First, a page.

Why so much fear?

November 15, 1990|By Flora Lewis

BUDAPEST, HUNGARY — Budapest, Hungary

EVERY COUNTRY in the East has its own post-communist problems. But they all share the discovery that things had gotten much worse than anyone realized.

Dismantling communist structures has aggravated economic and social difficulties, demolishing old forms of organization and authority without yet being able to replace them. But the extent of collapse revealed how shaky it all was, how much was stripped away, left to rot from within, emptied of resources.

An American with senior government experience remarked recently that it was a massive intelligence failure by the West. He was referring particularly to East Germany, which had been considered the one relatively successful communist economy, and it too turned out to be a sump pit.

It is hard to fault intelligence, though. There weren't secrets to steal. The leaders didn't know themselves. The most carefully planned, informant-ridden, intrusive regimes knew far less about their own societies than the casual, variegated West does about itself.

Then what were we so worried about? Why did the free world feel so threatened, not only by the Soviet arsenal but also by subversion?

A Western cold-war conspiracy to fight what seemed imminent danger is coming to light in Europe. It is already rocking the Italian government and will touch many others. There was, it is revealed, an organized underground, provided with hidden arms depots, prepared to launch guerrilla wars and resistance in the event of invasion from the East or overthrow of democratic governments from within.

There were different epic names for the operations -- "Gladio" in Italy (manned by secret gladiators), "Rose in the Wind" in France, "Red Fleece" in Belgium. They were sometimes directed, but generally coordinated, by NATO with participation of the CIA and British secret service.

Former CIA Director William Colby has confirmed some of this in recent interviews with Italian journalists. They also reported that meetings of the clandestine groups were held as recently as a few weeks ago in Brussels, though several governments claim it all ended by the '80s.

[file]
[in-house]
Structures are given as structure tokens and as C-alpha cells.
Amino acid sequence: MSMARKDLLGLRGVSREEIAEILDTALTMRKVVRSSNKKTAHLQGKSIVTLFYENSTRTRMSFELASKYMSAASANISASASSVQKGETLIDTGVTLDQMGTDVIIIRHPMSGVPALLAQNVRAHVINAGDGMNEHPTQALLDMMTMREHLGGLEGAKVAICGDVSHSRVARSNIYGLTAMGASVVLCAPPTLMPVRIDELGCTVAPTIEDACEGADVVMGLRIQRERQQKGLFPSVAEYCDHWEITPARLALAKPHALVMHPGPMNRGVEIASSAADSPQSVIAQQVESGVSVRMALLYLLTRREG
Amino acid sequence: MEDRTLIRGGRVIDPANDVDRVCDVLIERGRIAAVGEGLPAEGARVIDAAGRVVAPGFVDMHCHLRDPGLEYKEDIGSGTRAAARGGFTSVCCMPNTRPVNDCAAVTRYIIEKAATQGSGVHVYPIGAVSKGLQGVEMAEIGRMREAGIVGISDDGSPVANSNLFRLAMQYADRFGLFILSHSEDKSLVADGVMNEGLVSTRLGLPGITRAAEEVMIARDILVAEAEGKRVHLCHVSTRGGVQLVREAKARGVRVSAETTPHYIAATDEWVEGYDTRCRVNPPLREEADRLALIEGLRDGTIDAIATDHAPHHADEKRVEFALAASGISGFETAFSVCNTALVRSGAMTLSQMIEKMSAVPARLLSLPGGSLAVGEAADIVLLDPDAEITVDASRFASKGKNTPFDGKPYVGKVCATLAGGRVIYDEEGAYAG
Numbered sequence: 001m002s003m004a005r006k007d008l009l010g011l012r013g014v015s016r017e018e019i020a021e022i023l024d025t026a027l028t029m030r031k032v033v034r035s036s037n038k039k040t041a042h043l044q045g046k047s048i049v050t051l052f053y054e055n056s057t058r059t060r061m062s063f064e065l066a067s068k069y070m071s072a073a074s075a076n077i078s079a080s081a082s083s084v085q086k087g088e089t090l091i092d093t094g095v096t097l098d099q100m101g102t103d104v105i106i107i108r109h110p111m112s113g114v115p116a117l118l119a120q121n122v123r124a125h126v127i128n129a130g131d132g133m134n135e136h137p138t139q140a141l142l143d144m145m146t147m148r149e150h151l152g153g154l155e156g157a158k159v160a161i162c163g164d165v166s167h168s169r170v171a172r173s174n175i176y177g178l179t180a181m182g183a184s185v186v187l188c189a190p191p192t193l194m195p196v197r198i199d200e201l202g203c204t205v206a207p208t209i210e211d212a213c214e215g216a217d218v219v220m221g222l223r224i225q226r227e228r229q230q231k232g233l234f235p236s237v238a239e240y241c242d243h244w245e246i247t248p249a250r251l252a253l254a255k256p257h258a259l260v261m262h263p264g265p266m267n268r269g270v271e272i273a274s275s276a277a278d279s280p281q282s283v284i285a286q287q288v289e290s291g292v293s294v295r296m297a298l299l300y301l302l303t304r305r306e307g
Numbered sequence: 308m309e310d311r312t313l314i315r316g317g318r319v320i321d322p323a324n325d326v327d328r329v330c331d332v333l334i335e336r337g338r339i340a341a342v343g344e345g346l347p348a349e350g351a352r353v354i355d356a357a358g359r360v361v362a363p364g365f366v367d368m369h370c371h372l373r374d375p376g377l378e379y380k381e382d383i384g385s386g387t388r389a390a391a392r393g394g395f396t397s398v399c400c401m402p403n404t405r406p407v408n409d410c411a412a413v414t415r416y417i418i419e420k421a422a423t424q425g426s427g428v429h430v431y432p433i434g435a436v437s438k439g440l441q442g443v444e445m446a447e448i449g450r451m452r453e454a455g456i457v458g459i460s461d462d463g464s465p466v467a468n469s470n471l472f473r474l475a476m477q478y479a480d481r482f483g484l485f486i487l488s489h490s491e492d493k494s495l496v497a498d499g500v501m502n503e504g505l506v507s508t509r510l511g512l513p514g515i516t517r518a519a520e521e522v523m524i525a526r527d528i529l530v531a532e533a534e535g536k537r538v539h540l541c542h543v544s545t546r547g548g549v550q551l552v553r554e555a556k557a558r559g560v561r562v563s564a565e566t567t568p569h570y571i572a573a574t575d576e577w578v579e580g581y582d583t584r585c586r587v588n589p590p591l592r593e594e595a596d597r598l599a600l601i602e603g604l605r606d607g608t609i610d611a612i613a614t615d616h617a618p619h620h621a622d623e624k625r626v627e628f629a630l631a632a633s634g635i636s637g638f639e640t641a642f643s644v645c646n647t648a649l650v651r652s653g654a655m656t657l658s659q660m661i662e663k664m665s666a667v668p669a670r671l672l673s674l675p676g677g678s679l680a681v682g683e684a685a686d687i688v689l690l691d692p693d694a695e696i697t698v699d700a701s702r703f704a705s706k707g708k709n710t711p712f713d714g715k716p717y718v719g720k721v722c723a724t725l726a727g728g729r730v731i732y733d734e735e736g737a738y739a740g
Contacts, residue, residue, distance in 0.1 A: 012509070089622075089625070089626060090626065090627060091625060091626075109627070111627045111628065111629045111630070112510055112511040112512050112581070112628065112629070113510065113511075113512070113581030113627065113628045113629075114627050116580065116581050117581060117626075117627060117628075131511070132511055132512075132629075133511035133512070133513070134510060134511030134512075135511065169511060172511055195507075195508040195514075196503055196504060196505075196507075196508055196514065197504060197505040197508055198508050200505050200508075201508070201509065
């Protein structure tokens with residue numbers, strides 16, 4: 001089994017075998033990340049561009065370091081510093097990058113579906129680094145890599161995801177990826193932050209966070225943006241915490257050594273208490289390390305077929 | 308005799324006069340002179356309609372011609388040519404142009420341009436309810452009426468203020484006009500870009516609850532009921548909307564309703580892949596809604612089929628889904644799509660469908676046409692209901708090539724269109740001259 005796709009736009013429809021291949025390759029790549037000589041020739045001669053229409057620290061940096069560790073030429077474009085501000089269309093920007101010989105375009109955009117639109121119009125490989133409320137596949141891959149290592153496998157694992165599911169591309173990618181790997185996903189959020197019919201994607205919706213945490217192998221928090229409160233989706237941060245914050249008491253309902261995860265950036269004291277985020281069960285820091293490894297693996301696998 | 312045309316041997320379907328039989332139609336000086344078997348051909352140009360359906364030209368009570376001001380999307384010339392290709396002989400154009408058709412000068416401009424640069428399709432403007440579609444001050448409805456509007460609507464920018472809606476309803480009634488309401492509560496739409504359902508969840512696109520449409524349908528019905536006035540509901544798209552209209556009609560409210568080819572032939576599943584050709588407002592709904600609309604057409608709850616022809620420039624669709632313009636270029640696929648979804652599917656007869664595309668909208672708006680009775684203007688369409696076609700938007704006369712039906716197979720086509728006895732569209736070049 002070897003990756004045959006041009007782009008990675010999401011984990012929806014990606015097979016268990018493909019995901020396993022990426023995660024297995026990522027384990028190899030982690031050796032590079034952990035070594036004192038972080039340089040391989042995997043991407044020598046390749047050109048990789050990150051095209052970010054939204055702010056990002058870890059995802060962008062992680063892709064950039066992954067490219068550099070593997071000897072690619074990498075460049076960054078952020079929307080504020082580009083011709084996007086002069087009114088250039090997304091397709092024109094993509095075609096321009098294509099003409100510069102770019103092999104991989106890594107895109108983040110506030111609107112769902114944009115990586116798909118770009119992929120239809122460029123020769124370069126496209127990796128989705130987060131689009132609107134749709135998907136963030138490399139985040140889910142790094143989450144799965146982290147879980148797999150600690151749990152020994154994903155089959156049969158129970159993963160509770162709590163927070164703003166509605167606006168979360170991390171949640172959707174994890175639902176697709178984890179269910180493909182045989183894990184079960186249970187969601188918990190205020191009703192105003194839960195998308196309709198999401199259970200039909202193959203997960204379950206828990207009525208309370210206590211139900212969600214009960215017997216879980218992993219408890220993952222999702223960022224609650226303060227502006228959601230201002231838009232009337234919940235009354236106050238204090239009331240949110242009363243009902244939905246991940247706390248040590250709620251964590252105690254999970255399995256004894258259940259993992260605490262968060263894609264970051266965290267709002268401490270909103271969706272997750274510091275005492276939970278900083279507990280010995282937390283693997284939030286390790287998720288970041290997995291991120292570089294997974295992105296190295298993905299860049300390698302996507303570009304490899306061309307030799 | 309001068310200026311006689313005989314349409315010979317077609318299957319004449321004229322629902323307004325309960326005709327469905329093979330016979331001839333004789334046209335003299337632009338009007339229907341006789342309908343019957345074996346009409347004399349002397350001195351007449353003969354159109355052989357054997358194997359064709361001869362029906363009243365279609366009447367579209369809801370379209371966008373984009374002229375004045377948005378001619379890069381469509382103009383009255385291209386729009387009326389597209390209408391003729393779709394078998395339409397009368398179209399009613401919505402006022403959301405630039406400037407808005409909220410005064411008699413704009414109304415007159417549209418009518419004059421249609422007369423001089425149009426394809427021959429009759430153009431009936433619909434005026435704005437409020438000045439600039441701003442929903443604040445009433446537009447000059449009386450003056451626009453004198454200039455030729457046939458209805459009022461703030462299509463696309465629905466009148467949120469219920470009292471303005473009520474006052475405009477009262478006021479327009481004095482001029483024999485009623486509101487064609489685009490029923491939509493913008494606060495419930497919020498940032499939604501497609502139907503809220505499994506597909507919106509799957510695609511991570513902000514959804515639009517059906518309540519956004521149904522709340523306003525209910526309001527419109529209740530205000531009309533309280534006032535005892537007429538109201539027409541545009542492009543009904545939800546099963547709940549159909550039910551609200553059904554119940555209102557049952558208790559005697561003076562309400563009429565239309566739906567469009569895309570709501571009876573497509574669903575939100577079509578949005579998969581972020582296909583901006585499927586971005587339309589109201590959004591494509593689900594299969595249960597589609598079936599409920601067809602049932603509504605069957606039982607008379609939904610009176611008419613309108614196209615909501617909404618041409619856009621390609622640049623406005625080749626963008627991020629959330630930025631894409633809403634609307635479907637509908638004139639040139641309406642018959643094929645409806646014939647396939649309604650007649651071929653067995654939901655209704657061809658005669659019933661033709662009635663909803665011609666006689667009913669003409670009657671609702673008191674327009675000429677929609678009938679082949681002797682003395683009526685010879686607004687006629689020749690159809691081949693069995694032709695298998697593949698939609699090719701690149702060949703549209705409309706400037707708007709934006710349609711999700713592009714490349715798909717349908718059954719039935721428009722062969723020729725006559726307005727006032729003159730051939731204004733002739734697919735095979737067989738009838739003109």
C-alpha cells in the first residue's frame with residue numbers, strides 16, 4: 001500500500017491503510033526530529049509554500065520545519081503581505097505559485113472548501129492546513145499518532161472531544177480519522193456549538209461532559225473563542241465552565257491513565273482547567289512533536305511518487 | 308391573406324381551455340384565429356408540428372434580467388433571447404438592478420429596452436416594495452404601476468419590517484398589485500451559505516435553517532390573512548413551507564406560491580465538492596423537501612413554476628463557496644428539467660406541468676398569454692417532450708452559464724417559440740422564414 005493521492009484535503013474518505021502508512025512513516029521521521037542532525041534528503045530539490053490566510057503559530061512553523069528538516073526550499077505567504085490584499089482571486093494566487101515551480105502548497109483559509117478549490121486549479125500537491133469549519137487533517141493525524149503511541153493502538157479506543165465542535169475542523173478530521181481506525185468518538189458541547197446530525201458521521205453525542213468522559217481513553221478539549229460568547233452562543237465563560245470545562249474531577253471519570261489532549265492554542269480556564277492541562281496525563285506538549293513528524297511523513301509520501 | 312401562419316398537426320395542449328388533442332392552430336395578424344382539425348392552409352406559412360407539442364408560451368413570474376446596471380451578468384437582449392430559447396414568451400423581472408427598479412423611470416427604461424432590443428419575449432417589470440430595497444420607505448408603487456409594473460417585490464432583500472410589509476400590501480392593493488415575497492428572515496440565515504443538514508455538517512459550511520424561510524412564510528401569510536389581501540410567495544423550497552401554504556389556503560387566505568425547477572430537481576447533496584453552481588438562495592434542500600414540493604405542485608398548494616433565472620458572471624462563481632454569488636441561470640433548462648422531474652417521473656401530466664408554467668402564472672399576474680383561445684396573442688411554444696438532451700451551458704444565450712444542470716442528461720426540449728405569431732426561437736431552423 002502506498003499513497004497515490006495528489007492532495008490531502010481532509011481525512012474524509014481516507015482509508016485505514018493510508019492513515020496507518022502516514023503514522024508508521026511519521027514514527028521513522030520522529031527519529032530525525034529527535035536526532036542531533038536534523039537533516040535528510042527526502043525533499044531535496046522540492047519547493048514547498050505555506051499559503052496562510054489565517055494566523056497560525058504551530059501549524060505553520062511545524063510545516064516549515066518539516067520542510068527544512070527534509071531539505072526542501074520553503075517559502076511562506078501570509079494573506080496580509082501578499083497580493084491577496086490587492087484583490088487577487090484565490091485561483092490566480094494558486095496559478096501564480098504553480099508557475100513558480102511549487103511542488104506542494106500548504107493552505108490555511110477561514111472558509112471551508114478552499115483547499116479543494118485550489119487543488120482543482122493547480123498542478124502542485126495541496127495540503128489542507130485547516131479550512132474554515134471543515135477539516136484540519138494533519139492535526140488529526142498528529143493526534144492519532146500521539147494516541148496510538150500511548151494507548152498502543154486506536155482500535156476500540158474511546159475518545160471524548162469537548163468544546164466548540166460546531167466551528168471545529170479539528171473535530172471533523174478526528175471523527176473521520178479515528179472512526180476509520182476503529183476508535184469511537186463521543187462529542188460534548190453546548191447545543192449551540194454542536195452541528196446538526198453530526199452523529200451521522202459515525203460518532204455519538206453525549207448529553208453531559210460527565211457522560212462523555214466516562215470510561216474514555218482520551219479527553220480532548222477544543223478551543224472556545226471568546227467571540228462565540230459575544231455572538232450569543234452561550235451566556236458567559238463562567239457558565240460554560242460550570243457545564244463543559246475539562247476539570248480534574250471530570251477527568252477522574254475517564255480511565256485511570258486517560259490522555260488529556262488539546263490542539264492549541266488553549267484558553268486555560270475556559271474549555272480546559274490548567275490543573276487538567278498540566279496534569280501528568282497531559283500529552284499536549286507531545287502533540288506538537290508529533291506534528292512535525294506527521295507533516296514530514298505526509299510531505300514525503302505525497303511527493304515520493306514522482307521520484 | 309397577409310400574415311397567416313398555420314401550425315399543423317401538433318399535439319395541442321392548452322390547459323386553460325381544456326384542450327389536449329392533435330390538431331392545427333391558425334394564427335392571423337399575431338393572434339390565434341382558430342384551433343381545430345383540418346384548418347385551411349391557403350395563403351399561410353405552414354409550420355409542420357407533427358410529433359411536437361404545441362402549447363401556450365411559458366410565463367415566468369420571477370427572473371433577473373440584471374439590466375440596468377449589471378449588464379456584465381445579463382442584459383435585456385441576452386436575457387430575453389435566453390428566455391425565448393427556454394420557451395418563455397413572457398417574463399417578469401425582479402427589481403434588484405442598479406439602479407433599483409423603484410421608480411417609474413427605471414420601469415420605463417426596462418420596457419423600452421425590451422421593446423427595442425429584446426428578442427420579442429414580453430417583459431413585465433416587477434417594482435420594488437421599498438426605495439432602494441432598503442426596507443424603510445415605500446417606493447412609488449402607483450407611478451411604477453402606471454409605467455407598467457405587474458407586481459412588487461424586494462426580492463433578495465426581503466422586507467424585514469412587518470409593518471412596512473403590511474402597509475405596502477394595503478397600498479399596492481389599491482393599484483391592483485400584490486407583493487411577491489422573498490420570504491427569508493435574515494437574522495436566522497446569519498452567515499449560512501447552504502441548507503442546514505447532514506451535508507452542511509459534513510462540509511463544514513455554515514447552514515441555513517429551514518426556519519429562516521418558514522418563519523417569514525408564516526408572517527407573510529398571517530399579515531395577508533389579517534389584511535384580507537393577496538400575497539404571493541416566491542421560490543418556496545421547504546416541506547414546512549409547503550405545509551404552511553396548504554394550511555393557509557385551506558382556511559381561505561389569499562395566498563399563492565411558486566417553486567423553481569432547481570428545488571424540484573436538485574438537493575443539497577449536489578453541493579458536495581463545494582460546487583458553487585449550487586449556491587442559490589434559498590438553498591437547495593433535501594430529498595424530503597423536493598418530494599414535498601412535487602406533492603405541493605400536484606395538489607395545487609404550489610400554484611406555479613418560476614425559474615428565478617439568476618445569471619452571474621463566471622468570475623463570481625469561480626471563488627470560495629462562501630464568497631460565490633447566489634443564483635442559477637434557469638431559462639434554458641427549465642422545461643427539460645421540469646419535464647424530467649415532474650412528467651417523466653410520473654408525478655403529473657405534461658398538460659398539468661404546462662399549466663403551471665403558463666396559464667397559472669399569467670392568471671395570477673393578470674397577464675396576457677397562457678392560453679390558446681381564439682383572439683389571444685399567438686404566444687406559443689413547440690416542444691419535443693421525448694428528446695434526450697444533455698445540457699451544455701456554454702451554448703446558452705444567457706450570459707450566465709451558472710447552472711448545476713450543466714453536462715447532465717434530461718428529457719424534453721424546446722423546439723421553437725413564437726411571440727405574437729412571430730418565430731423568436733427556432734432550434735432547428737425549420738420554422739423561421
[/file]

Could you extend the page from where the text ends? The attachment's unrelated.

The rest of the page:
The Italian government has said there were 139 caches of clandestine arms, explosives and communications equipment of which 127 were recovered years ago. They haven't accounted for the rest.

But Rome has been scandalized because a junior judge in Venice, investigating the operations, has issued a subpoena to the president of the republic, Francesco Cossiga, who had served as minister of defense and minister of interior. Prime Minister Giulio Andreotti, who has been in most governments for the last 40 years, refused opposition demands for a parliamentary commission.

The suspicion in Italy, Belgium and other countries is that the groups were used for domestic political purposes, possibly even terrorism to justify government crackdowns and defense preparedness. We are just hearing the beginnings of this. Sweden and Spain were also affected.

No doubt there were communist offensive conspiracies. But the question now is why democracies felt so weak, or if these were counterplots to undermine democratic governments in the name of anti-communism.

The "Red menace" was taken deadly seriously by many rational people. One reason perhaps was U.S. demobilization at the end of World War II when Europe was still ravaged and chaotic, while Stalin managed to conceal the weakness of the Soviet Union. He did expect to take over most of Western Europe.

But his real weapon was ideological and intellectual. It is hard now to understand the communist appeal in the postwar period. The communists had the allure of early and vigorous anti-fascism when many had ignored the Nazis or collaborated.

They promised a brave new world after the horrors of the Depression and war, with a moral vision of justice. They preached that money, not Moscow, was the root of all evil, and the frenetic crusade against Moscow only seemed to confirm their argument. Jean-Pierre Chevenement, now French defense minister, was among the many who responded proudly, "I am anti-anti-communism."

All that is gone, dust, like medieval disputes about the sex of angels. What is left? Just money, material well-being? It was never enough, and it isn't the reason the West won the long struggle so dramatically. Freedom, consent were the bulwarks, and they proved their strength. When they are undermined, it is from within. The things we do running scared are what hurt us most.

Flora Lewis is a New York Times columnist based in Paris.

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